The world diving championships kick off Saturday at one of the great scenic venues in all of sports, the Piscina Municipal de Montjuïc in Barcelona, Spain.
You may remember the outdoor pool with a breathtaking view of the Catalan capital from the 1992 Olympics, where the late American Mark Lenzi won on the springboard and China’s Fu Mingxia prevailed on the platform, the first of her record-tying four individual Olympic diving golds.
Or the 2003 world championships, where recently retired Canadian Alex Despatie nailed one of the greatest dives in major championship history, his patented twister (backward 2 1/2 somersault with 2 1/2 twists from the pike position) with a whopping 3.8 difficulty, for 107.16 points (9s and 10s) in the final round to win.
You may also recall it from a Kylie Minogue music video.
Here’s a refresher and a primer for the first major international meet since the 2012 Olympics:
What happened in London: China dominated but again fell short of sweeping, taking six of eight events.
One of those two non-China golds came in the marquee diving event of the Games, the men’s platform on the next to last day of competition. American David Boudia upset a defeaning crowd inside the London Aquatics Centre by defeating Great Britain’s Tom Daley (in addition to world champion and favorite Qiu Bo.)
USA Diving won four medals in London, its first medals since Laura Wilkinson‘s comeback gold at the 2000 Olympics.
The other three podiums came in synchro events — Troy Dumais and Kristian Ipsen (bronze) and Kelci Bryant and Abby Johnston (silver) on the springboard and Boudia and Nick McCrory on the platform (bronze).
What’s happened since London: Start with Boudia, 24, who took time off to get married and appear as a judge on a celebrity diving TV show.
He returned to competition in May, taking silver at the USA Diving Grand Prix in Fort Lauderdale, Fla., behind a Chinese diver who did not compete individually at the Olympics.
Boudia then easily won trials a week later and notably nearly qualified the synchronized 3-meter springboard.
Boudia is tempering expectations given the layoff but said he will perform the same dives as he did in London.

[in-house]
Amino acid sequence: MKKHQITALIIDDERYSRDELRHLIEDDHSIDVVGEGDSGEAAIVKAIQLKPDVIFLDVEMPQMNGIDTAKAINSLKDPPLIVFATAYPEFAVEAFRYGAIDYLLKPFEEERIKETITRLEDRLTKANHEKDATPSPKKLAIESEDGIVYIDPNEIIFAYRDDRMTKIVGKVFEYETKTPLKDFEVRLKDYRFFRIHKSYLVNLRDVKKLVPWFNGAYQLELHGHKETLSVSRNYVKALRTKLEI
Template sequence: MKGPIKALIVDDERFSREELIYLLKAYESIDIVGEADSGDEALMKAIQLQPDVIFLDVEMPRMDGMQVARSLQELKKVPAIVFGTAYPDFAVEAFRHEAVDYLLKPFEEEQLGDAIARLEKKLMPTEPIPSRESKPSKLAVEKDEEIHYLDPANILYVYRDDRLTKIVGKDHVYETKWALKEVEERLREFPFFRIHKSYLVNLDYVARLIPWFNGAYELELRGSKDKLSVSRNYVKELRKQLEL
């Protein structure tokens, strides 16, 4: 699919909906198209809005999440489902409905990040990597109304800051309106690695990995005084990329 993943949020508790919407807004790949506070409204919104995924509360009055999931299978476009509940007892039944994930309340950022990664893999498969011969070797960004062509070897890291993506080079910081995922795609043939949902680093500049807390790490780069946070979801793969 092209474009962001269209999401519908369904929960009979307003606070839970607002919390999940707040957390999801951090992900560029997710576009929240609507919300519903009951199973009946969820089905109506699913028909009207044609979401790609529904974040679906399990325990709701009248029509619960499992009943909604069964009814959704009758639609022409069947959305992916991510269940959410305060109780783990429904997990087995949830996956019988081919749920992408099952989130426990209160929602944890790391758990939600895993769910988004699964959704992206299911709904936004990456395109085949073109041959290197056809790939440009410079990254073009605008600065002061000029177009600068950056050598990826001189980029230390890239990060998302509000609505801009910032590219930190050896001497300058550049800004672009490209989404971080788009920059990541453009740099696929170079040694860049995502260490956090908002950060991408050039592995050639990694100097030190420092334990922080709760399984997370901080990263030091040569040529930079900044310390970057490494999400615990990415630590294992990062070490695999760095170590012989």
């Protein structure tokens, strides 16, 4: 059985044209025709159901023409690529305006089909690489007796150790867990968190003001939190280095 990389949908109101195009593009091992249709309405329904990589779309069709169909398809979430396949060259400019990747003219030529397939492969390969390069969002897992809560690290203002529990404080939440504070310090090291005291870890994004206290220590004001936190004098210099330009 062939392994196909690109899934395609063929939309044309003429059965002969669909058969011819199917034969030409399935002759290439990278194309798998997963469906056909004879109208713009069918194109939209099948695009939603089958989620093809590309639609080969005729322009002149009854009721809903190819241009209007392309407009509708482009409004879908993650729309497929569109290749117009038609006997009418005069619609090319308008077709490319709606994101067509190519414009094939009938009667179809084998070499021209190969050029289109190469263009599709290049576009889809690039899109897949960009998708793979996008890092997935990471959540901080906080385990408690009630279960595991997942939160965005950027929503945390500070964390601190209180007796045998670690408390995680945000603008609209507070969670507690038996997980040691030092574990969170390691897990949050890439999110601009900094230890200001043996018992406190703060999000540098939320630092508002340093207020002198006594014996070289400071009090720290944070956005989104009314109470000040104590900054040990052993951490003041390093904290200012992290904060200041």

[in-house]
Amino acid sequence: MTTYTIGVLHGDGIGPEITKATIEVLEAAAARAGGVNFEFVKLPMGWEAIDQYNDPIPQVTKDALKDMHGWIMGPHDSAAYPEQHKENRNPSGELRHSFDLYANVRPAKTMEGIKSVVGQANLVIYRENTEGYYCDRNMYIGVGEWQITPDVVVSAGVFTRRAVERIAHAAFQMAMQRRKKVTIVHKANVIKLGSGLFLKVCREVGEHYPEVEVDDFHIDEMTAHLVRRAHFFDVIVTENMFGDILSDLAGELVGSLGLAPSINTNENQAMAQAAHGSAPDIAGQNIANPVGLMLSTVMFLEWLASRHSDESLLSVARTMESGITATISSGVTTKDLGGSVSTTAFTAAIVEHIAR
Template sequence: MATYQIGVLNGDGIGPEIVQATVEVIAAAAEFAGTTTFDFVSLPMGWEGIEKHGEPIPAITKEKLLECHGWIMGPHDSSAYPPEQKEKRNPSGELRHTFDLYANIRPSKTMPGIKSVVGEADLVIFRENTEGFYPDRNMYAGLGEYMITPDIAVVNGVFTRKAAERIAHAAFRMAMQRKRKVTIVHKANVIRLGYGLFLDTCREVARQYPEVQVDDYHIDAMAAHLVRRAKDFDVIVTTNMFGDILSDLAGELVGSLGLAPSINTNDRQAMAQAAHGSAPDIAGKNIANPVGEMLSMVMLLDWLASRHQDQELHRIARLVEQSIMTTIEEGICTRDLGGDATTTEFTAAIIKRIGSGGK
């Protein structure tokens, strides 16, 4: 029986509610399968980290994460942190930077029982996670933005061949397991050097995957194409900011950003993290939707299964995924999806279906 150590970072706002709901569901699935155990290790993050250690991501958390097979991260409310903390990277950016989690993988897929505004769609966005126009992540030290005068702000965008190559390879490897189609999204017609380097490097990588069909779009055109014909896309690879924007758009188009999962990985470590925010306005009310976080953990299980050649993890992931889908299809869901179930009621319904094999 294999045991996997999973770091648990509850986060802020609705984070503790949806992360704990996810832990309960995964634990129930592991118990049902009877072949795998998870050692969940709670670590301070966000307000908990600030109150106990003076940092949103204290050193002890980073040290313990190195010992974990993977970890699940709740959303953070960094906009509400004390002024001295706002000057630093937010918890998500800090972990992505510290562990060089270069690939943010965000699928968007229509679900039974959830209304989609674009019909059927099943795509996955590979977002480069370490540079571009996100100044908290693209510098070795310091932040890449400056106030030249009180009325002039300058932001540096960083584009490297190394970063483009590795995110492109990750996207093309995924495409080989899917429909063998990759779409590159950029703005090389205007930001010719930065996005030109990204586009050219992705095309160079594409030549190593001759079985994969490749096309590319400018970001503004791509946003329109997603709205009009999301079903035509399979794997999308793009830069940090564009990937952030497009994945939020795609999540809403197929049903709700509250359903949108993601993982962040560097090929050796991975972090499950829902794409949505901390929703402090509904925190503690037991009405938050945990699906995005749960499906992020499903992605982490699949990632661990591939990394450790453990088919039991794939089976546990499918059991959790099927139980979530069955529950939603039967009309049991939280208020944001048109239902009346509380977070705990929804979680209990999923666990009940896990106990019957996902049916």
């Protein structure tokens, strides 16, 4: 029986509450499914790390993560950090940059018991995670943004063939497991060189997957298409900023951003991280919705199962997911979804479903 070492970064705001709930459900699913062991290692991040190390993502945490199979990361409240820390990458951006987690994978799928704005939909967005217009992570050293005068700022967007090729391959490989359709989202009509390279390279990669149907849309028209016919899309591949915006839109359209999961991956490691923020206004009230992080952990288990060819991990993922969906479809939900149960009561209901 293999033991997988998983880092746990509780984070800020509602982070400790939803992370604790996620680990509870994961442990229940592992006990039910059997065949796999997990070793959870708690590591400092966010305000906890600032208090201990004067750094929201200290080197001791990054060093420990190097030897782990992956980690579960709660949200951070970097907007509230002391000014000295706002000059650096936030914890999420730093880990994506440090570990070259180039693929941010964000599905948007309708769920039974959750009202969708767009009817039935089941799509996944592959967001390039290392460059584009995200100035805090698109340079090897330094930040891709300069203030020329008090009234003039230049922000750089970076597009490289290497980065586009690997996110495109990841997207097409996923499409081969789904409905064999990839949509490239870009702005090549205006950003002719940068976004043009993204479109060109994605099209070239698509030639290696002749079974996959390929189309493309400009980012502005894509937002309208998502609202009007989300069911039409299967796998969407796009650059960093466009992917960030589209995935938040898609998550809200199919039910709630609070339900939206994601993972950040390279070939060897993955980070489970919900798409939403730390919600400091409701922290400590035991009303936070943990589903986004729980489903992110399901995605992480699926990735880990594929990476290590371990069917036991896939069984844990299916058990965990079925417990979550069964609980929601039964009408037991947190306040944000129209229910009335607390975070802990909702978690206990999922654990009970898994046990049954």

What could be different from 2012 is the competition. Daley, he of the 2.4 million Twitter followers, was listed as doubtful due to a glandular problem by the BBC earlier this week. However, he’s in Barcelona and practicing but, like Boudia, will not compete in synchro.
Qiu, who cited an illness as a reason for settling for silver in London, is back boasting a new, higher difficulty dive. The 20-year-old leads a Chinese team hoping to sweep all 10 events as it did in 2011.
Dumais and Ipsen are the only other Olympic medalists on the 15-diver U.S. roster, but they are no longer synchro partners.
They parted mutually given Dumais, 33, isn’t yet committed to another full Olympic cycle and Ipsen, 20, is a rising junior at Stanford, 1,700 miles away from Dumais’ training base in Austin, Texas.
“I haven’t closed the door,” said Dumais, a four-time Olympian and five-time world championship medalist looking for his first worlds gold. “Hopefully he hasn’t closed the door.”
Dumais qualified for the synchro springboard with a new, even younger partner, incoming Texas freshman Michael Hixon.
Ipsen swept the trials one- and three-meter springboard events after doubling up at NCAAs in March.
None of the eight U.S. women’s divers have any worlds or Olympic experience, but keep on eye on Samantha Pickens, who won the NCAA one-meter springboard title for Arizona and then took the same event at trials, and Amy Cozad, who made the worlds team on the platform after finishing third at last year’s Olympic trials, where only the top two advanced to London.
Saturday: Women’s synchro springboard (11:30 a.m. ET)
Sunday: Men’s synchro platform (11:30 a.m.)
Monday: Men’s one-meter springboard (8 a.m.), women’s synchro platform (11:30)
Tuesday: Women’s one-meter springboard (8 a.m.), men’s synchro springboard (11:30)
Thursday: Women’s platform (11:30 a.m.)
Friday: Men’s three-meter springboard (11:30 a.m.)
Saturday, July 27: Women’s three-meter springboard (11:30 a.m.)
Sunday, July 28: Men’s platform (8 a.m.)
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